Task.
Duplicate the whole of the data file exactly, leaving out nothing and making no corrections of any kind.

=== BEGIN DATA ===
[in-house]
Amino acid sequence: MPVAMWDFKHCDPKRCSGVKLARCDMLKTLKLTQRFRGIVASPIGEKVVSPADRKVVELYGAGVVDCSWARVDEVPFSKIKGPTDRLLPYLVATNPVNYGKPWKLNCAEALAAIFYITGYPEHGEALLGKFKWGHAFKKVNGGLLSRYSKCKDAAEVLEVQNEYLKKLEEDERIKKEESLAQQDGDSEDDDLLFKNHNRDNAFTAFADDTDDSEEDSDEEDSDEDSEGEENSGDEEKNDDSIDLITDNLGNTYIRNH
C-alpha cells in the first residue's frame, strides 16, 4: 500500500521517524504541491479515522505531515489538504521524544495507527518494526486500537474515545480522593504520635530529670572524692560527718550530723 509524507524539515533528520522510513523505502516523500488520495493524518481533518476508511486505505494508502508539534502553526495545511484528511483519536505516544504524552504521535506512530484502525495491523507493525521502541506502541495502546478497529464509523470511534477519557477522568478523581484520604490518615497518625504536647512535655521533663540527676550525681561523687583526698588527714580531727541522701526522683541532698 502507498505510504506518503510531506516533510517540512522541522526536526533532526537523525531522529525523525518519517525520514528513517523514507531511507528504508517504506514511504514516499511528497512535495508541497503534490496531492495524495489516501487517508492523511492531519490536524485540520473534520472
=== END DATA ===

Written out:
[in-house]
Amino acid sequence: MPVAMWDFKHCDPKRCSGVKLARCDMLKTLKLTQRFRGIVASPIGEKVVSPADRKVVELYGAGVVDCSWARVDEVPFSKIKGPTDRLLPYLVATNPVNYGKPWKLNCAEALAAIFYITGYPEHGEALLGKFKWGHAFKKVNGGLLSRYSKCKDAAEVLEVQNEYLKKLEEDERIKKEESLAQQDGDSEDDDLLFKNHNRDNAFTAFADDTDDSEEDSDEEDSDEDSEGEENSGDEEKNDDSIDLITDNLGNTYIRNH
C-alpha cells in the first residue's frame, strides 16, 4: 500500500521517524504541491479515522505531515489538504521524544495507527518494526486500537474515545480522593504520635530529670572524692560527718550530723 509524507524539515533528520522510513523505502516523500488520495493524518481533518476508511486505505494508502508539534502553526495545511484528511483519536505516544504524552504521535506512530484502525495491523507493525521502541506502541495502546478497529464509523470511534477519557477522568478523581484520604490518615497518625504536647512535655521533663540527676550525681561523687583526698588527714580531727541522701526522683541532698 502507498505510504506518503510531506516533510517540512522541522526536526533532526537523525531522529525523525518519517525520514528513517523514507531511507528504508517504506514511504514516499511528497512535495508541497503534490496531492495524495489516501487517508492523511492531519490536524485540520473534520472